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Testimony: R.M.J.A.


Name:  R.M.J.A.
Age:  15
Date:  30 April 2019
Location:  Kafr Ni'meh, West Bank
Accusation:  Throwing stones
On 30 April 2019, a 15-year-old minor from Kafr Ni’meh was arrested by Israeli soldiers at 2:30 a.m. He reports being informed of his right to silence and consulting with a lawyer over the phone prior to his interrogation.
My cousin phoned me at around 2:30 a.m. to tell me Israeli military jeeps were in our neighbourhood. Soon afterwards I could hear soldiers upstairs trying to enter my brother’s apartment. The soldiers were trying to force the door but my brother opened up before they could break the door. 
Soon the soldiers were banging aggressively at our front door and my father went to see what they wanted. About 10 soldiers entered our home. One soldier asked me for my name and then checked my identity card. Then he told me to prepare myself because I was under arrest. 
The same soldier gave my father a document written in Hebrew. When my father asked him to explain what it was the soldier told him he did not know. Then the commander came and my father asked him what the document was about and he told my father it had details about my arrest. 
I said goodbye to my family and the soldiers took me outside where they tied my hands behind my back with two plastic ties which were tight and painful. They left marks on my wrists for days. They also blindfolded me and led me a short distance to a waiting military jeep. They pushed me into the back of the jeep and made me sit on the metal floor. A soldier swore at god and slammed the door shut behind him.
I was left inside the jeep for about two hours before the commander came, removed my blindfold and told me his name was captain “Majdi”, the intelligence officer for the area. Then he told me he knew everything I had done including throwing stones on the road used by settlers. Then he told me to cooperate with the interrogator if I wanted to be released quickly. Then he said he was going to make me spend some time in prison “to discipline” me. He blindfolded me again and the jeep drove away.
We I arrived at a military base and I was taken to a shipping container where I was examined by a doctor. The doctor removed the blindfold but kept me tied and after the examination he made me sign a document with my hands tied behind my back. Then I was taken to the police station in Binyamin settlement for interrogation.
At the police station they removed the blindfold and replaced the handties with metal handcuffs. They also shackled my legs and tied my handcuffs to the shackles with chains. Then an interrogator took me to a room. By then it was around noon and I was still without food or drink.
The interrogator introduced himself to me and asked me whether I wanted to speak to a lawyer. I told him I did. He phoned a lawyer and allowed me to speak to him. The lawyer told me if I was asked a question I did not know the answer to I should tell the interrogator I wanted to remain silent. The interrogator left the room when I spoke to the lawyer. The conversation lasted for less than a minute.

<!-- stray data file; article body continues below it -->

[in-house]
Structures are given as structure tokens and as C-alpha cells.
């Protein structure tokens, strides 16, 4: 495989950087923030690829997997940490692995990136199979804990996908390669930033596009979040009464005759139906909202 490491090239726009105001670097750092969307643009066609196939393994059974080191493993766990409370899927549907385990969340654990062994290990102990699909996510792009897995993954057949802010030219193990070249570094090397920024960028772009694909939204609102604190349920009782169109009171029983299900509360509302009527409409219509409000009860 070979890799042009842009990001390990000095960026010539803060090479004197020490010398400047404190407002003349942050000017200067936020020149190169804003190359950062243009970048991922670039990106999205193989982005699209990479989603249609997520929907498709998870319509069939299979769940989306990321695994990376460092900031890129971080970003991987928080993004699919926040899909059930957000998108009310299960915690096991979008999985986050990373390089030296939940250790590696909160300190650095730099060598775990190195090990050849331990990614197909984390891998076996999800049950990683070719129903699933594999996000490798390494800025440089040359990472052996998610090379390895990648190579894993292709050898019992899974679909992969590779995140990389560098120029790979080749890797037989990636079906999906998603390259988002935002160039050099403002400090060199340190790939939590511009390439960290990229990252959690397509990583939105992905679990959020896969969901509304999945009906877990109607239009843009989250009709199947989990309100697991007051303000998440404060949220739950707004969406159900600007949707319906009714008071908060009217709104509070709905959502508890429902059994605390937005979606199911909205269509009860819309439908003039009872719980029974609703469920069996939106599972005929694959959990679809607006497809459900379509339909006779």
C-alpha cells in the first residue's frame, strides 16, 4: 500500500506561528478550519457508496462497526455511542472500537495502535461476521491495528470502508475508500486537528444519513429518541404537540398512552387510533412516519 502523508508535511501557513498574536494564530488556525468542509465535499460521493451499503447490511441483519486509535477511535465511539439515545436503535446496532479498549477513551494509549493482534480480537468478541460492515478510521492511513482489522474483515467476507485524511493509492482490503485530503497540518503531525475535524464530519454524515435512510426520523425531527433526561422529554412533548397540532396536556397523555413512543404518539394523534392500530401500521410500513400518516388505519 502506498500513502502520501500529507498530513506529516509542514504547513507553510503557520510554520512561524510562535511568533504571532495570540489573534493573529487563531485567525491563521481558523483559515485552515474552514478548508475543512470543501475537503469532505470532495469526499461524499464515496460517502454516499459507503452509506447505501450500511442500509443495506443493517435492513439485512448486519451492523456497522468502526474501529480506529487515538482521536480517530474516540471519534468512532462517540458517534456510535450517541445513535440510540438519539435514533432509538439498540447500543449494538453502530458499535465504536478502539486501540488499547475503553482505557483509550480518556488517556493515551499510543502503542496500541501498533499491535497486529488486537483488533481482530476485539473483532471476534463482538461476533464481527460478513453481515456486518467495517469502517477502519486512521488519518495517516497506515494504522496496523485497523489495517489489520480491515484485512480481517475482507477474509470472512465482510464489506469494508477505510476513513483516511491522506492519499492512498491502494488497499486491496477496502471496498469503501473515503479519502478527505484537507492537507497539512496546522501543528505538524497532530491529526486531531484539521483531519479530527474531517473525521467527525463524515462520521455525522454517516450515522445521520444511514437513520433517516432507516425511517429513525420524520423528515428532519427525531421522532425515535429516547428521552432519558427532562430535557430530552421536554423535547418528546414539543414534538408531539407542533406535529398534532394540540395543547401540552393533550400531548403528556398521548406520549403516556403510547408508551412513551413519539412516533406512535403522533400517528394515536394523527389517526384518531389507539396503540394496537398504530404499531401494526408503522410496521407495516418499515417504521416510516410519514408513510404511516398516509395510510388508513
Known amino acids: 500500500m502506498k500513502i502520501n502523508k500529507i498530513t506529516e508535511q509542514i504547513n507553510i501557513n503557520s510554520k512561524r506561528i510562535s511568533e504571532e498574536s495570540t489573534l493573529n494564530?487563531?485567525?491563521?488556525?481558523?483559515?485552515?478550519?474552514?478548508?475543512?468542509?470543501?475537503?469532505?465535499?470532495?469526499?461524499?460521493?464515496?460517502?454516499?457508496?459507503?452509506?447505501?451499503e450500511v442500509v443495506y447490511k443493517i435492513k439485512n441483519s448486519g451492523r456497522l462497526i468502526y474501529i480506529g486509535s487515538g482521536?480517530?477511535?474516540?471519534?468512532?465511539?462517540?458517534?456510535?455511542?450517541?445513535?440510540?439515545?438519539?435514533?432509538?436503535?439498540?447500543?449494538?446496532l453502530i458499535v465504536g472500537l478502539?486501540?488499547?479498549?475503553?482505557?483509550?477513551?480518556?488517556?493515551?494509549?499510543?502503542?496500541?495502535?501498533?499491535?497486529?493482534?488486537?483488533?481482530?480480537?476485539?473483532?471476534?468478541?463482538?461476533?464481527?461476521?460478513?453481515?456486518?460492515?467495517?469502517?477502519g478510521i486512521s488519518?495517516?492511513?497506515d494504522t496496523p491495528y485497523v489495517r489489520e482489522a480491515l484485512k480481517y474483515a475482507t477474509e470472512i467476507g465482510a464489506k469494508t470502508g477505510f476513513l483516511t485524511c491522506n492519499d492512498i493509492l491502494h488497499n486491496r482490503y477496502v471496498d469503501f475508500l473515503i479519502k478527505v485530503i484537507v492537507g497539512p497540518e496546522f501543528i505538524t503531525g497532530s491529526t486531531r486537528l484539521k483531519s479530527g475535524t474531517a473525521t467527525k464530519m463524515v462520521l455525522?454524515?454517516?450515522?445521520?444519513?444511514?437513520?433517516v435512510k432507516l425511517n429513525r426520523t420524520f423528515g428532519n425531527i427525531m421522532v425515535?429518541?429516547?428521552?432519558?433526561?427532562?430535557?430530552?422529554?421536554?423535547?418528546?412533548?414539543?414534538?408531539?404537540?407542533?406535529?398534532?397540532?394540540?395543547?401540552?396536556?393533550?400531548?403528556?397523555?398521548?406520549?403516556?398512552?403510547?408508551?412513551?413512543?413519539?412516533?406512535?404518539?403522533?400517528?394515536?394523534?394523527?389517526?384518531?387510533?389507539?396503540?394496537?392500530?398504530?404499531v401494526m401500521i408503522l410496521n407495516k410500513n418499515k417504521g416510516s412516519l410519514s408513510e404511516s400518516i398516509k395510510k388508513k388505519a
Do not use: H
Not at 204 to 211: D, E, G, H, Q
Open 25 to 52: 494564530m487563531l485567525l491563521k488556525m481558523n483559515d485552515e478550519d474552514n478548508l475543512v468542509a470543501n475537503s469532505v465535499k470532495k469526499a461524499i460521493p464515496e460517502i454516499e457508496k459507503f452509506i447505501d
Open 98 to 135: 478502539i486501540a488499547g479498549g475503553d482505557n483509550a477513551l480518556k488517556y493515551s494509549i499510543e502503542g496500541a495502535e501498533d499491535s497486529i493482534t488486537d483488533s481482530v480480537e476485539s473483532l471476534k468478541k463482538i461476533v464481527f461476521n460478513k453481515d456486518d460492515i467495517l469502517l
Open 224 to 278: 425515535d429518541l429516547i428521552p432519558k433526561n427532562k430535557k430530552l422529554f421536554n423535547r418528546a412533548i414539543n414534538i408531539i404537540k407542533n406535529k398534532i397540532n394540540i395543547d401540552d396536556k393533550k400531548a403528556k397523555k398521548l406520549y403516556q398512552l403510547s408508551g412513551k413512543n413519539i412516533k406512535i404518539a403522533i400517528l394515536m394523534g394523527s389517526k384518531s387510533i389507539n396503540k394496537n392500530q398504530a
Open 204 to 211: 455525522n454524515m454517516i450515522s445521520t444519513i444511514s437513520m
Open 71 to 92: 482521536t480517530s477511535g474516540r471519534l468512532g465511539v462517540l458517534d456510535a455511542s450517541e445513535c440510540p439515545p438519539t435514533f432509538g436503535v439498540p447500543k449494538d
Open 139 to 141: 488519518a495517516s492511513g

After about a minute the interrogator came back and told me I had the right to remain silent. But he warned me that the court would take that into account if I chose to remain silent. I understood that to mean it was not in my interests to remain silent. Then he gave me a document about my rights and asked me to sign it and I did.
Then he turned a voice recorder on and started to question me. He wanted to know everything I knew about two of my friends. I told him they were from my village but they were not my friends. Then he wanted to know who my friends were and I told him I did not have specific friends. Then he asked me whether I usually hang out with a group of boys at night and I told him I did not. Then he wanted to know the last time I was with two of my friends at the park. I told him about two months ago. 
During the interrogation when I did not want to answer a question I told the interrogator I wanted to remain silent. He accepted this and wrote it down on his computer. 
At one point he showed me photos of clashes with soldiers and wanted me to name the boys in the photos. He questioned me for about two hours and was calm the whole time. 
After about two hours he took me to another room and asked me the same questions again. Eventually I felt I had to confess. He asked me how many stones I had thrown and I told him I threw one stone. Then he showed me a document written in Hebrew and Arabic and asked me to sign it and I did after I read it saw it was identical to what I had said. Then I was taken outside and a soldier brought me a sandwich.
Soon afterwards I was taken to Ofer prison. I was left in the jeep outside Ofer until the evening. Then I was taken inside where I was searched in my underwear before being taken to Section 13.
The following day I was taken to Ofer military court. My father attended and the hearing was adjourned. 
I had four military court hearings and at the last one I was sentenced in a plea bargain to 45 days in prison, fined NIS 2,000 and received a suspended sentence of three months in prison valid for three years. I accepted the plea bargain because I wanted to go home before Eid and the plea bargain meant I would be released in another 10 days.
I spent the whole time at Ofer prison. My parents did not visit me because the visiting permit was not issued in time. I was released on 30 May 2019 and I went home with my father. I arrived home at around noon.